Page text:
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Private equity groups led by Permira and Blackstone have offered to take Norwegian online classifieds company Adevinta private, in a €14bn proposed deal that would rank as the second-biggest leveraged buyout this year.
The offer price of NKr115 per share is more than 50 per cent above Adevinta’s average share price over the three months before reports of a possible deal emerged in September. It values the company at about €14bn including debt, the company said on Tuesday.
Oslo-listed Adevinta’s board did not formally recommend the offer but said it was worth considering. “The company over time can generate greater value than what is reflected in the cash consideration,” the board said in the statement, but it added “the cash consideration is within the range of what is fair”.
The consortium has secured a commitment from investors representing more than 72 per cent of the company’s outstanding shares to selling their stock when the offer is completed, according to Adevinta’s statement.
Large buyouts have been scarce this year as private equity groups adapt to higher borrowing costs and ongoing geopolitical uncertainty. In the first half of the year, the number of deals worth more than $1bn globally was on track to be the lowest since 2019, Standard & Poor’s data shows.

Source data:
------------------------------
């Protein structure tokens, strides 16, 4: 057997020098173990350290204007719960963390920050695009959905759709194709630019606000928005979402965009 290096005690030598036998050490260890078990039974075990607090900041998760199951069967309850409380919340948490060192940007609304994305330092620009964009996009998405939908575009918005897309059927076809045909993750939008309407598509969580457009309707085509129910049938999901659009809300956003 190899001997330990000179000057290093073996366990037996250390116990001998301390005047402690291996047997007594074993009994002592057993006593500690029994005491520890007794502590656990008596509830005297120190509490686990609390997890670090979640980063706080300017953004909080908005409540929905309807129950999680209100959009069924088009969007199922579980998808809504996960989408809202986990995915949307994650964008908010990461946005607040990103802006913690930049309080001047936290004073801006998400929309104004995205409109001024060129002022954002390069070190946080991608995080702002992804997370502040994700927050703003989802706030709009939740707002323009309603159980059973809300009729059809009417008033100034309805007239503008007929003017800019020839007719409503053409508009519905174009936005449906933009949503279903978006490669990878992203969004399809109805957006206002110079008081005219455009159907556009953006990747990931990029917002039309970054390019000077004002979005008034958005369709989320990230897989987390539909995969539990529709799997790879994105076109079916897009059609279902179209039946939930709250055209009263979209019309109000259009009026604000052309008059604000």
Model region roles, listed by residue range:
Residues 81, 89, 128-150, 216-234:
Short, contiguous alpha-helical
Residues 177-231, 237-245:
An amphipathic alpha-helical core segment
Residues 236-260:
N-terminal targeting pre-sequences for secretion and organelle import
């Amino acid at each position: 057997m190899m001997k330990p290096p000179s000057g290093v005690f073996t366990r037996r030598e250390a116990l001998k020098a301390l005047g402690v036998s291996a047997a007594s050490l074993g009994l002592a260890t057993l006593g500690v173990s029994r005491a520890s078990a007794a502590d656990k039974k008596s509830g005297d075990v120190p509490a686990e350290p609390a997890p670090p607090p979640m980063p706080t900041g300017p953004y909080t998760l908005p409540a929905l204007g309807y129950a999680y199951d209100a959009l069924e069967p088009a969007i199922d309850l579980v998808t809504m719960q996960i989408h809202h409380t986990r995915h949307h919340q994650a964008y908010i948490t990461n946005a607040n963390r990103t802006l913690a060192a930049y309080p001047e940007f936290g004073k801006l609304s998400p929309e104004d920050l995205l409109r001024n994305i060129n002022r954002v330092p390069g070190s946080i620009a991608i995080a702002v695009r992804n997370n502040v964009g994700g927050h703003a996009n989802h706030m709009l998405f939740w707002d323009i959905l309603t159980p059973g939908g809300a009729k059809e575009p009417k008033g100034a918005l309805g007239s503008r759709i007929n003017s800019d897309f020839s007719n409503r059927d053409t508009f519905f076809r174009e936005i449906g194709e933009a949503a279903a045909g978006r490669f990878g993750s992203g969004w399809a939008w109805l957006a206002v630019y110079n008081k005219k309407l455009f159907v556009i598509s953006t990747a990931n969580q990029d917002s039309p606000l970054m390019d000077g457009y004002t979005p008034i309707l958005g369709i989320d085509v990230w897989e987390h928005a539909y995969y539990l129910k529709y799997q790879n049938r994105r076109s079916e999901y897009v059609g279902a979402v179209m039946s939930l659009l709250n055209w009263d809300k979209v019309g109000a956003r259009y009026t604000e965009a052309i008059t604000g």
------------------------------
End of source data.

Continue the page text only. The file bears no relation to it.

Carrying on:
In July, US financial technology group Fidelity National Information Services agreed to sell a majority stake in its merchant payments arm Worldpay to private equity firm GTCR in a $18.5bn deal, this year’s biggest buyout.
Adevinta, which was spun out of Norwegian media company Schibsted in 2019, operates websites across Europe. In 2020, the company merged with eBay’s classifieds business. That deal created the world’s largest online classified advertising business and made eBay the top shareholder in Adevinta.
Ebay said it would sell half of its shares in Adevinta for about $2.2bn, while exchanging the rest for an equity stake of roughly 20 per cent in the privatised company.
Permira, which is already a shareholder, would increase its stake and become the company’s largest shareholder with about a third of the shares, in what has been a money-losing investment so far. The London-based buyout firm bought about 10 per cent in Adevinta in July 2021 at NKr157 a share. The stock halved in the following months, before recovering as takeover interest emerged.
Permira is joined by Blackstone, General Atlantic and TCV in funding the deal. Schibsted will also continue to remain a shareholder after the company is delisted, with 14 per cent of the shares.
The bid is taking place against a challenging market backdrop. Since Adevinta confirmed it had received an interest from the buyout consortium in September, conflict in the Middle East has erupted and interest rates have remained high, making the cost of financing a deal expensive.
Permira and Blackstone turned to private credit to finance the takeover with a €4.5bn loan, said people with knowledge of the details.
Leveraged buyout groups have increasingly tapped direct lenders as volatility and lacklustre demand in public markets has curbed the willingness of banks to underwrite takeover debt.
The Adevinta funding package, financed by lenders including Blackstone’s credit arm, Singapore’s sovereign wealth fund GIC and Sixth Street Partners, ranks among the largest loans ever cut by direct lenders.
It eclipses a $3.8bn loan Hellman & Friedman and Permira raised to fund their buyout of Zendesk in 2022. Finastra clinched a $4.8bn loan this year to refinance its existing debts, according to PitchBook LCD data.